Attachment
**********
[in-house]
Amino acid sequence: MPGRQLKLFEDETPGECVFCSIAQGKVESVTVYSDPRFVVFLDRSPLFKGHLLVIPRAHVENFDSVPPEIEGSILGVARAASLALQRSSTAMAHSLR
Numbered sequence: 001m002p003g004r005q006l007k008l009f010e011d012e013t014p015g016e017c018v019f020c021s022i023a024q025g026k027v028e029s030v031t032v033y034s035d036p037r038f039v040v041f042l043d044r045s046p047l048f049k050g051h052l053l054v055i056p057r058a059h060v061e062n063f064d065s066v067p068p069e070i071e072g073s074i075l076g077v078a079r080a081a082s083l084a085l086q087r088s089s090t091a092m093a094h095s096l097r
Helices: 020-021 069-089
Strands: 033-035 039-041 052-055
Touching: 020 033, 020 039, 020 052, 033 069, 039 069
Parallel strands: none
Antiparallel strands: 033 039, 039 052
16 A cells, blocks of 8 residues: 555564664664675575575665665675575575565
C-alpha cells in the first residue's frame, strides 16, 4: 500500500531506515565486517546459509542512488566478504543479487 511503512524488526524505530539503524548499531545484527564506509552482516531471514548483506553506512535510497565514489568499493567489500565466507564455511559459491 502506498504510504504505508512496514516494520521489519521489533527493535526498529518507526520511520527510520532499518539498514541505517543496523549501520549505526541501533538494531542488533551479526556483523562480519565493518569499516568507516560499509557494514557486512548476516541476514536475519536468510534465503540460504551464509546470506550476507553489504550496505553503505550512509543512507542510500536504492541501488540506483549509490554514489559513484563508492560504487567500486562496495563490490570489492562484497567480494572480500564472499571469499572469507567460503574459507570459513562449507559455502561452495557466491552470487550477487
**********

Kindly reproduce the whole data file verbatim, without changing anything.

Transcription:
[in-house]
Amino acid sequence: MPGRQLKLFEDETPGECVFCSIAQGKVESVTVYSDPRFVVFLDRSPLFKGHLLVIPRAHVENFDSVPPEIEGSILGVARAASLALQRSSTAMAHSLR
Numbered sequence: 001m002p003g004r005q006l007k008l009f010e011d012e013t014p015g016e017c018v019f020c021s022i023a024q025g026k027v028e029s030v031t032v033y034s035d036p037r038f039v040v041f042l043d044r045s046p047l048f049k050g051h052l053l054v055i056p057r058a059h060v061e062n063f064d065s066v067p068p069e070i071e072g073s074i075l076g077v078a079r080a081a082s083l084a085l086q087r088s089s090t091a092m093a094h095s096l097r
Helices: 020-021 069-089
Strands: 033-035 039-041 052-055
Touching: 020 033, 020 039, 020 052, 033 069, 039 069
Parallel strands: none
Antiparallel strands: 033 039, 039 052
16 A cells, blocks of 8 residues: 555564664664675575575665665675575575565
C-alpha cells in the first residue's frame, strides 16, 4: 500500500531506515565486517546459509542512488566478504543479487 511503512524488526524505530539503524548499531545484527564506509552482516531471514548483506553506512535510497565514489568499493567489500565466507564455511559459491 502506498504510504504505508512496514516494520521489519521489533527493535526498529518507526520511520527510520532499518539498514541505517543496523549501520549505526541501533538494531542488533551479526556483523562480519565493518569499516568507516560499509557494514557486512548476516541476514536475519536468510534465503540460504551464509546470506550476507553489504550496505553503505550512509543512507542510500536504492541501488540506483549509490554514489559513484563508492560504487567500486562496495563490490570489492562484497567480494572480500564472499571469499572469507567460503574459507570459513562449507559455502561452495557466491552470487550477487